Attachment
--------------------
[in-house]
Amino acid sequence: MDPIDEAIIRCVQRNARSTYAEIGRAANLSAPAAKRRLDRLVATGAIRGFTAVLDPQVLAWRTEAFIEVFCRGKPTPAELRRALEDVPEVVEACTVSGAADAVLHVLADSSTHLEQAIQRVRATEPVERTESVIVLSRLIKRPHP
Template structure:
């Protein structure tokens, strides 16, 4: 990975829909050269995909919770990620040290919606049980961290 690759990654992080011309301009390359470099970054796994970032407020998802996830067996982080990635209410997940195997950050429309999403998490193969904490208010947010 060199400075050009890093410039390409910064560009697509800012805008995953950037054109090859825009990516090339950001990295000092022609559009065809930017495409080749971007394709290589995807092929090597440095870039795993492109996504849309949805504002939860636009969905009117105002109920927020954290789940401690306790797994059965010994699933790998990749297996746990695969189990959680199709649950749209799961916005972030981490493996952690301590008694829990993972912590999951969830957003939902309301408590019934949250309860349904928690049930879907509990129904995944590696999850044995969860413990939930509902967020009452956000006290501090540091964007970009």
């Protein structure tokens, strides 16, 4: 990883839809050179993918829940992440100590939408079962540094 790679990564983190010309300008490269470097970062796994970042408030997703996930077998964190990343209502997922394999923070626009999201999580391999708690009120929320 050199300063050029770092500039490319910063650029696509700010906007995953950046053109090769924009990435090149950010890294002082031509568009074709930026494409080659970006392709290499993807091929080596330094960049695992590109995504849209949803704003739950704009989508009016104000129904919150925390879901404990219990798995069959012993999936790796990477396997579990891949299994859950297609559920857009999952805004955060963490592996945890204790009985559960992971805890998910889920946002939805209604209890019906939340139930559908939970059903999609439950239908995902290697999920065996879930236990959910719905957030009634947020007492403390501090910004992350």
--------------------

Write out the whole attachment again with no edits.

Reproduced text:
[in-house]
Amino acid sequence: MDPIDEAIIRCVQRNARSTYAEIGRAANLSAPAAKRRLDRLVATGAIRGFTAVLDPQVLAWRTEAFIEVFCRGKPTPAELRRALEDVPEVVEACTVSGAADAVLHVLADSSTHLEQAIQRVRATEPVERTESVIVLSRLIKRPHP
Template structure:
């Protein structure tokens, strides 16, 4: 990975829909050269995909919770990620040290919606049980961290 690759990654992080011309301009390359470099970054796994970032407020998802996830067996982080990635209410997940195997950050429309999403998490193969904490208010947010 060199400075050009890093410039390409910064560009697509800012805008995953950037054109090859825009990516090339950001990295000092022609559009065809930017495409080749971007394709290589995807092929090597440095870039795993492109996504849309949805504002939860636009969905009117105002109920927020954290789940401690306790797994059965010994699933790998990749297996746990695969189990959680199709649950749209799961916005972030981490493996952690301590008694829990993972912590999951969830957003939902309301408590019934949250309860349904928690049930879907509990129904995944590696999850044995969860413990939930509902967020009452956000006290501090540091964007970009």
């Protein structure tokens, strides 16, 4: 990883839809050179993918829940992440100590939408079962540094 790679990564983190010309300008490269470097970062796994970042408030997703996930077998964190990343209502997922394999923070626009999201999580391999708690009120929320 050199300063050029770092500039490319910063650029696509700010906007995953950046053109090769924009990435090149950010890294002082031509568009074709930026494409080659970006392709290499993807091929080596330094960049695992590109995504849209949803704003739950704009989508009016104000129904919150925390879901404990219990798995069959012993999936790796990477396997579990891949299994859950297609559920857009999952805004955060963490592996945890204790009985559960992971805890998910889920946002939805209604209890019906939340139930559908939970059903999609439950239908995902290697999920065996879930236990959910719905957030009634947020007492403390501090910004992350």